Listen to Bosch for a greater understanding of sprint mechanics but leave how to change those mechanics to other people - e.g. CF, for many of the reasons given above.

I didn’t say anyone was wrong in their views - only that others I believe are more correct.

I also did not say the weight room would not benefit an athletes training - what I did say is it would have a general effect and not a specific effect.

Bosch is currently involved with the England Rugby Union team. He is also involved/will be involved with other clubs/nations around the UK apparently.

They videoed the players sprinting, but not sure if during practice or during sprint training. He seen the players one on one.

Here’s what I was told (paraphrased of course):
“He said that I when I ran I had no front engine and I ran with a rear engine. He showed me exercises to do (which where high knees into sprints, holding a stick above the head and sprint, and leaning against a wall and doing knee drives) to improve my front engine. He also said that my rear heel remained on the floor when he said I should be on the ball of my foot. He said to do bounds to fix that.”

So I asked him how Bosch said to implement these exercises in terms of dosage, duration and integration into the weekly training with club or country.

“He never said.”

In other words, a complete waste of time. He said that there was no discussion of how the changes would be implemented or how progress would be monitored or if he would come back and re-evaluate, etc.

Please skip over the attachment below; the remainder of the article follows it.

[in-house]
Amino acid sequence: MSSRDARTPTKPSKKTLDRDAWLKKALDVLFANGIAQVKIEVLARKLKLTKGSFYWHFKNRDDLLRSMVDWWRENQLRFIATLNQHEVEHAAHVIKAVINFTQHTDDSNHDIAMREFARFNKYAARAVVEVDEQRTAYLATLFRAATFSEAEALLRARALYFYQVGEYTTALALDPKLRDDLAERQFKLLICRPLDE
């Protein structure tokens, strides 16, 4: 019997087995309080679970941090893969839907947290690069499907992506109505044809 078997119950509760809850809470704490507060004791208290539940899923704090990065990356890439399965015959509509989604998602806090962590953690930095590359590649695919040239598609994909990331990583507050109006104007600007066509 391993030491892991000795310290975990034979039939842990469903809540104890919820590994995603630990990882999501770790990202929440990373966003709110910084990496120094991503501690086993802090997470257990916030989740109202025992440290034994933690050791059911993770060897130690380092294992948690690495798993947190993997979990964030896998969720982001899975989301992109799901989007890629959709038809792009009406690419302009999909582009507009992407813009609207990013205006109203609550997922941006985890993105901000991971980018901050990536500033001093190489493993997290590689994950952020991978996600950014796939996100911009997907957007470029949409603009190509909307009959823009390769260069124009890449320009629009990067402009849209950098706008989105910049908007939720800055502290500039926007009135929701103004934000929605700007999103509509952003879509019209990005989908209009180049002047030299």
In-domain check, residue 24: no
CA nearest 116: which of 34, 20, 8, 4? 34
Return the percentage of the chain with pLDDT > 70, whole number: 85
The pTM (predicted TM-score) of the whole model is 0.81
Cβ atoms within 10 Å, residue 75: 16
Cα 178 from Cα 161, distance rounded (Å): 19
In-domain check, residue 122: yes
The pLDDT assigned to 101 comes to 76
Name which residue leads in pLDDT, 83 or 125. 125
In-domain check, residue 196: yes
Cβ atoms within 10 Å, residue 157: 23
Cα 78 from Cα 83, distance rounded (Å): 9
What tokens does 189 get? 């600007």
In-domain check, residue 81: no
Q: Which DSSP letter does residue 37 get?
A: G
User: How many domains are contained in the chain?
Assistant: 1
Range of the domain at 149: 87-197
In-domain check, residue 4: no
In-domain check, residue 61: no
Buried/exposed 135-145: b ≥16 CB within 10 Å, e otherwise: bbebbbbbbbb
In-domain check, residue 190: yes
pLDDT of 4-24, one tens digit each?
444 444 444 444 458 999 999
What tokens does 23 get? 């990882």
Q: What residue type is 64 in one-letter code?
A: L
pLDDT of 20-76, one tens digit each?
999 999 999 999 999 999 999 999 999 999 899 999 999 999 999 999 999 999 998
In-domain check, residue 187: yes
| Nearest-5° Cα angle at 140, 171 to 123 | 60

He just listed a bunch of exercises and that was it.

@nap; specific effect and general effect. Sounds old school. If general training does not have specificity it does not contribute to what you want to improve
@mighty; 3th hand info. Do you also have first hand info?

No. Friend seen him lecture last year, which was recorded, been waiting ever since for the DVD.

He also commented on some aspect of the movement of the trunk/pelvis that exists in sprinters, but not in rugby players. His advice was single leg exercises.

Some sprint training might be an idea.

When you come up with an exercise that duplicates the outputs of sprints and its intricacies let us know!

Otherwise, you are developing supporting qualities that assist in pushing the speed barrier forward in general way.

@Nap Thanks, now I get your terminology. Your general and my specific can be the same.
@ Mighty, There are also interesting presentations on

Yes exactly, there are a lot of poor choices that can be made when your goal is one thing and you get diverted into another direction. Alway keep your end goal in mind SPEED - POWER!

True! I said that to a friend of mine who wants to research biomechanics of running/sprinting so he can develop new aids in improving speed… Biomechanics and coaching are not the same

From what I see and read (new literature on motor control) we still know very little on the effects of training on adaptations. So to claim that we can dismiss a certain model of thinking because one model (e.g. CF) has proven to be the right one is very silly to me. All is still completely open to debate. Many ways to skin the cat and no way proven to be the best.
Interesting quotes from a Bosch presentation;“Speed is nonexistent” and “Strength is nonexistent either”.